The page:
The Regional Ethnology of Scotland Project is interested in gathering in as many East Lothian voices and stories as we possibly can.  We are interested in everyday life and this includes just about everything you can think of: from the stories and games we heard as children, memories of schooldays, home life, domestic economy, shops and businesses, buildings, working life and leisure to  customs, traditions and superstitions. 

We want to encourage as many people as possible to participate in our project. Why? Because, each one of us can contribute unique details to what we can know about a particular subject, place or time.   And so each person who contributes to the project will be helping to create a more nuanced and meaningful record of life and society in East Lothian. 

The interview session can be as long or as short as you chose.  Maybe you just want to talk about your recollections of watching fishermen landing their catch at Port Seton or maybe you want to record all you can about your life as an agricultural worker or shopkeeper.  Recording sessions can be as short as ten minutes or extend over several recording sessions.  We have found that each and every interview, no matter how short or long, how specific or general in theme, tells us something unique and enriches our collective knowledge.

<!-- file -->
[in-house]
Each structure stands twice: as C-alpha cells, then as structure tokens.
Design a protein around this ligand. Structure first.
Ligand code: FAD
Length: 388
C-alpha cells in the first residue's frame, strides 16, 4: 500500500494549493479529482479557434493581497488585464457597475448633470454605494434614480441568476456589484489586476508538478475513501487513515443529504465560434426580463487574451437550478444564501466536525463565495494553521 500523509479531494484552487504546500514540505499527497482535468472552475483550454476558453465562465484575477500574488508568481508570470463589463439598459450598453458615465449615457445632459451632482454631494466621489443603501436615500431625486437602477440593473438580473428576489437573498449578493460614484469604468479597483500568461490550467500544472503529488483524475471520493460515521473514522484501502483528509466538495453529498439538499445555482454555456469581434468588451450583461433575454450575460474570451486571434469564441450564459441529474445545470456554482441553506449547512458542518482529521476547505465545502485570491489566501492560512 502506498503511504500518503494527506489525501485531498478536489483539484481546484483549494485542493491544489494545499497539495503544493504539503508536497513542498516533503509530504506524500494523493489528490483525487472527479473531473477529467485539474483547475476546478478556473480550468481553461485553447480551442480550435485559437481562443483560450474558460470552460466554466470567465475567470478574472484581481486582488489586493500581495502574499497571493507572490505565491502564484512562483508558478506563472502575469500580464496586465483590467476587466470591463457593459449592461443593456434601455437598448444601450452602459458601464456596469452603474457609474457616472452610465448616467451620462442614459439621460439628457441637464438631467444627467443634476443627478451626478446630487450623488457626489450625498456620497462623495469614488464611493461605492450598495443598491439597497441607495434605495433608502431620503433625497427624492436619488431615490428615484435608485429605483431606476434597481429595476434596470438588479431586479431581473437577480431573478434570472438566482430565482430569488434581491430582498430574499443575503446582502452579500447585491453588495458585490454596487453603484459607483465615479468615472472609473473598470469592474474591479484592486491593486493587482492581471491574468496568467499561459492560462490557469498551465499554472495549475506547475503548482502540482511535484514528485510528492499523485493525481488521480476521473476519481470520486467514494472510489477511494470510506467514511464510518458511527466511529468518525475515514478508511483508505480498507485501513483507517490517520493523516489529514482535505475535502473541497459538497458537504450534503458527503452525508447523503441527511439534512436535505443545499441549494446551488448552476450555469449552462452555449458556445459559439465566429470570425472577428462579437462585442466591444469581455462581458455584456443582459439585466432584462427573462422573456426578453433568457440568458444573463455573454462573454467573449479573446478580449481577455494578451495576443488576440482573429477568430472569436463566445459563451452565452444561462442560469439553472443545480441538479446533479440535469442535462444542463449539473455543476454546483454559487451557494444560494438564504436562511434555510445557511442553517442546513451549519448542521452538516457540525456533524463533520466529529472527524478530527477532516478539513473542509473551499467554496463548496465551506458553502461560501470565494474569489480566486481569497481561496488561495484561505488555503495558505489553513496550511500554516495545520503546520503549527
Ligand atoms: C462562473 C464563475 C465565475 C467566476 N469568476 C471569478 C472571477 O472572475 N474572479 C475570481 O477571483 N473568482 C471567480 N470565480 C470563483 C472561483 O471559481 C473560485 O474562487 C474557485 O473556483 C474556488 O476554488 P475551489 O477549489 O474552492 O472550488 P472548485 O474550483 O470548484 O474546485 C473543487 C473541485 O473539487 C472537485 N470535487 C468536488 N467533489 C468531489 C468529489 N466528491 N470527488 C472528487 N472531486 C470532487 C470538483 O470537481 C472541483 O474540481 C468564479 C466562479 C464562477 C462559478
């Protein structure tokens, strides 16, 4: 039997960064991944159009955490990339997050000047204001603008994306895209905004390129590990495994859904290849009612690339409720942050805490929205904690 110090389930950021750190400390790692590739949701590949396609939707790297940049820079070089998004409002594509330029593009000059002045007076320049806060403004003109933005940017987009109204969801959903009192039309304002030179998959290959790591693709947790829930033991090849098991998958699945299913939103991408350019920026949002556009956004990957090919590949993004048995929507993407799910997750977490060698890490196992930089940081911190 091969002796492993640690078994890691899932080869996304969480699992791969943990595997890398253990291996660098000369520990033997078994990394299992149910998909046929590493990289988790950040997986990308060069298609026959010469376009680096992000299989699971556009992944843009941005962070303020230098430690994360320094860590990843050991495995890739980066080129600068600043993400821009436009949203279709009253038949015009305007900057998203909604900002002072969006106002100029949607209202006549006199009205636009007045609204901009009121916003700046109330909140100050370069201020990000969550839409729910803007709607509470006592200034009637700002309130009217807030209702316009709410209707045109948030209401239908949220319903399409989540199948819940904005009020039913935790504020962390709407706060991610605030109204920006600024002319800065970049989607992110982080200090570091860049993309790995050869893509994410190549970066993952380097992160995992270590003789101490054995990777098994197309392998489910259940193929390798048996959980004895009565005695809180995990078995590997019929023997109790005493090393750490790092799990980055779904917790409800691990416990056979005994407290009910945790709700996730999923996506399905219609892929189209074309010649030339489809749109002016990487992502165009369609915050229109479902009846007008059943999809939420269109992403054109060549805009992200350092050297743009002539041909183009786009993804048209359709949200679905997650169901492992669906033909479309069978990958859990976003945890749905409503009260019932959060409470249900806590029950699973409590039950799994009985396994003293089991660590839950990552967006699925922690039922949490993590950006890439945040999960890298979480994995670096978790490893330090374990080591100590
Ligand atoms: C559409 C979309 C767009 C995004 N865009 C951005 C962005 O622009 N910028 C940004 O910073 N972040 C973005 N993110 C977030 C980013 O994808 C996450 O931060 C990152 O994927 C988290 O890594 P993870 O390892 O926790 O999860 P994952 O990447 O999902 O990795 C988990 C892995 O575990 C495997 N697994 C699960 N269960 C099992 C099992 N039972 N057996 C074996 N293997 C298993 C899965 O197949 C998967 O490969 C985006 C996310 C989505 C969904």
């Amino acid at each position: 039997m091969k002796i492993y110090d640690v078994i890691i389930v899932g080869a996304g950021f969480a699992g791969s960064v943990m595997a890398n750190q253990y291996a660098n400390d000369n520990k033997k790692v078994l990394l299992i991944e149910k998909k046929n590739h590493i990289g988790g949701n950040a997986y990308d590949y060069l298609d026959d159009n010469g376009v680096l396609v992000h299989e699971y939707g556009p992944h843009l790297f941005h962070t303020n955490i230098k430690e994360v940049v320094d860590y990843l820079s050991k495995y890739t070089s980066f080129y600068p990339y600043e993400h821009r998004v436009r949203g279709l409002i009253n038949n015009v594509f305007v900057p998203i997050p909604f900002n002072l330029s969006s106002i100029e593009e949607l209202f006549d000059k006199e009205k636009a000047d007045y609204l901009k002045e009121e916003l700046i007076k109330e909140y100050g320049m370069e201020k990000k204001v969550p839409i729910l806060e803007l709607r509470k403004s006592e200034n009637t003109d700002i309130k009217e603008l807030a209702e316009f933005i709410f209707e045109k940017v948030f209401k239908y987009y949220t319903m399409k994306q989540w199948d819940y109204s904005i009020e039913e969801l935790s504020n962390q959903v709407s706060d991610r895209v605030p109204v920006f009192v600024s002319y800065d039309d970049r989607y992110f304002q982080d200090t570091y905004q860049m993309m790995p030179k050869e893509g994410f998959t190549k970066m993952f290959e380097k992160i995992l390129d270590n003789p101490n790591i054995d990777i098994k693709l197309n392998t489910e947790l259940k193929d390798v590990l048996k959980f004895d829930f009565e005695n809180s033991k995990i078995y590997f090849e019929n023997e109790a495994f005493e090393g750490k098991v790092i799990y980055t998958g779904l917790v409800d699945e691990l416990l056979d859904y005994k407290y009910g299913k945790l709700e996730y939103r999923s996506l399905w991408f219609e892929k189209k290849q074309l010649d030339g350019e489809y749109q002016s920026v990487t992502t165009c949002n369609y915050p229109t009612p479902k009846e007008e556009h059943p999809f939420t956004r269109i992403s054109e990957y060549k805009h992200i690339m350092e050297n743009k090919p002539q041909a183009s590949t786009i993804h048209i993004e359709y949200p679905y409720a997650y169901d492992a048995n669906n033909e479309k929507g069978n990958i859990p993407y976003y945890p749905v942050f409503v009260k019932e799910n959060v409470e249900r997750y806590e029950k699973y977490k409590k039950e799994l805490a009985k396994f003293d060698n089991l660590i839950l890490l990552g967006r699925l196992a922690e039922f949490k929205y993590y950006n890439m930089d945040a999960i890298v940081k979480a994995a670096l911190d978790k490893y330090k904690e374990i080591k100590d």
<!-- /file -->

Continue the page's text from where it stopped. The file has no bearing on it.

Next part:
Oral history is also a fun way to record, and then engage with, our shared history. All the interviews made during the Study will be available in full on this website for scholars, teachers and the East Lothian community to listen to, enjoy and learn from. The interviews will also be shared with our partners at the John Gray Centre in Haddington.

Would you like to take part?  If so, simply fill out the online form and we’ll get in touch with you. 

Once we hear from you, one of the team will be in touch to discuss your participation and to arrange for you to be interviewed by one of the team or a local volunteer.

During the Covid-19 Pandemic we collected reflections on individual experience from across Scotland, Ireland, Australia and the USA. Here are some of those reflections: